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Economic Times

NEW DELHI, Jan 29: It’s boom time in the Indian skies, with domestic airlines planning to add over 400 new planes by 2010. The aviation sector is also flying into a huge shortage of trained pilots and ground maintenance staff.

Even as the Centre for Asia Pacific Aviation projects 3,200 additional jobs for pilots, there’s a scramble among all players — from the ministry of civil aviation to NRI promoters — to grab a slice of the training pie.

While the government has recently announced plans to set up a new flying institute near Nagpur, private institutes and flying clubs see a huge opportunity in the area of commercial pilot and ground maintenance staff training.

Says Prithvi Nath Sharma, GM, Orient Flight School, Pondicherry, “We currently have 60 students on roll for the commercial pilot training course and this number may double soon. All our students have been placed across airlines, both in the domestic and international sectors.”

Private institutions need approval by the Director General of Civil Aviation (DGCA) and usually offer courses like private pilot licence, commercial pilot licence, student pilot licence, multi-engine rating, instrument training, aircraft maintenance engineering for ground staff and aeronautical engineering.
 
 
The schools have their own fleet of aircraft and some have procured advanced simulators and airspace infrastructure. Course fees could be charged by the hour at approximately Rs 3,000 per hour or around Rs 8-10 lakh for the full course.

The infrastructure that the institutions offer for training is becoming increasingly crucial. Feels Capt Mamatha, executive director of the Hyderabad-based Flytech Aviation Academy “Today, the responsibility of achieving a zero-accident rate in airlines depends not just on pilots, but also on all professionals including those on the ground. Thus, demand for maintenance engineers is also increasing. If we consider just the new airlines in India today, the demand for pilots in the next four years may reach 3,000 and all flying schools in India pooled together cannot provide these numbers.”

Marc Carvalho, CEO, Carver Aviation of Mumbai is upbeat too. “All our students have been placed across airlines — both private and government. We have about 40-45 students on board every year. The government has been trying to streamline pilot training. They have reduced training flying hours from 250 to 200, which is followed globally. There will be more streamlining in future.”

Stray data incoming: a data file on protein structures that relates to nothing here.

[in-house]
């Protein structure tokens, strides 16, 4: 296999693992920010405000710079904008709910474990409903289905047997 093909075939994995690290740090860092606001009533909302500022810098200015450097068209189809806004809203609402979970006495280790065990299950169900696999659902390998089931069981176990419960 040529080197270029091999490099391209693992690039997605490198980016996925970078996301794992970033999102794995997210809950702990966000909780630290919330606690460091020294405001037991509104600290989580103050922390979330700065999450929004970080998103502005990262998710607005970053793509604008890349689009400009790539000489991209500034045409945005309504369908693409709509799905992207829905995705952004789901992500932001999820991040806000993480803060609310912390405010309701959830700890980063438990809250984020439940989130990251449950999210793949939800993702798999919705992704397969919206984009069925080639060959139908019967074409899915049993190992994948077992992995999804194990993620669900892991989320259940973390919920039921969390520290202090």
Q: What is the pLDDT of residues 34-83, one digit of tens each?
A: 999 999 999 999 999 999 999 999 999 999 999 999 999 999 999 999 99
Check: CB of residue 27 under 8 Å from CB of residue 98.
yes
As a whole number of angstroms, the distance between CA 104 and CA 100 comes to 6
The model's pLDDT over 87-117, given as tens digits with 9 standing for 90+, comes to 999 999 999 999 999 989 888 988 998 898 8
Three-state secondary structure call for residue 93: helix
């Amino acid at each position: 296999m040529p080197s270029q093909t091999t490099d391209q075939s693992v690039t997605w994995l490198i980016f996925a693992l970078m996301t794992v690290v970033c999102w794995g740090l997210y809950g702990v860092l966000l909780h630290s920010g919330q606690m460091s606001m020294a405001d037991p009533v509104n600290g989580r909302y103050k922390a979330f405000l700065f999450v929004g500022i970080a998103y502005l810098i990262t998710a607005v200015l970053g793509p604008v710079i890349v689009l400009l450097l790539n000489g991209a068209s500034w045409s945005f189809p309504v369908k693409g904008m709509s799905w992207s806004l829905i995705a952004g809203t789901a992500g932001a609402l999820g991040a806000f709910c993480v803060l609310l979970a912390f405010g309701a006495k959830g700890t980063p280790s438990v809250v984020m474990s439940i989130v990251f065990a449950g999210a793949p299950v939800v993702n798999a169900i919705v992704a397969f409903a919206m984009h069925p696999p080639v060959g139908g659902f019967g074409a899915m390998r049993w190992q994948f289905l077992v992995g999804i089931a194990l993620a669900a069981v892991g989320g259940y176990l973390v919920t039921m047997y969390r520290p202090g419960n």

Flying clubs across the country too are seeing a surge in demand for their trained personnel. “Private players like Spicejet are approaching us for trained staff. This trend was not prevalent earlier with any of the flying clubs. The demand for trained pilots in India is around 400-500 per year and these numbers are multiplying. This is emerging as an excellent and viable career option. Even co-pilots can now earn up to Rs 70,000-Rs 80,000 per month on an average,” says AC Gupta, accountable manager, Delhi Flying Club.

The training sector in India is attracting players from overseas too. Cubex Indian International, a Winnipeg-based company, has recently tied up with Harv’s Air, a training and air taxi operator in Canada to offer air training to Indian students in Manitoba.

“In ’05, we trained 250 students from 21 different countries. We are seeing an increased interest from Indian students and many of them have signed up for the course which started on January 1, ’06,” says Adam Penner, promoter of Harv’s.

Adds Hemant Shah, an NRI &MD of Cubex, “The certificate courses that Indian students can avail themselves of in Canada are world class and give them exposure to specialised infrastructure and a diversified fleet. We are in the process of tying up with Red River College, Stevenson Aviation and Winnipeg Aviation too, for the nine-month private pilot licence courses. The students need to then come back to India and take the DGCA exam which takes a couple of months.”

Montreal-based aircraft simulator maker CAE, too plans to set up training facilities in India.


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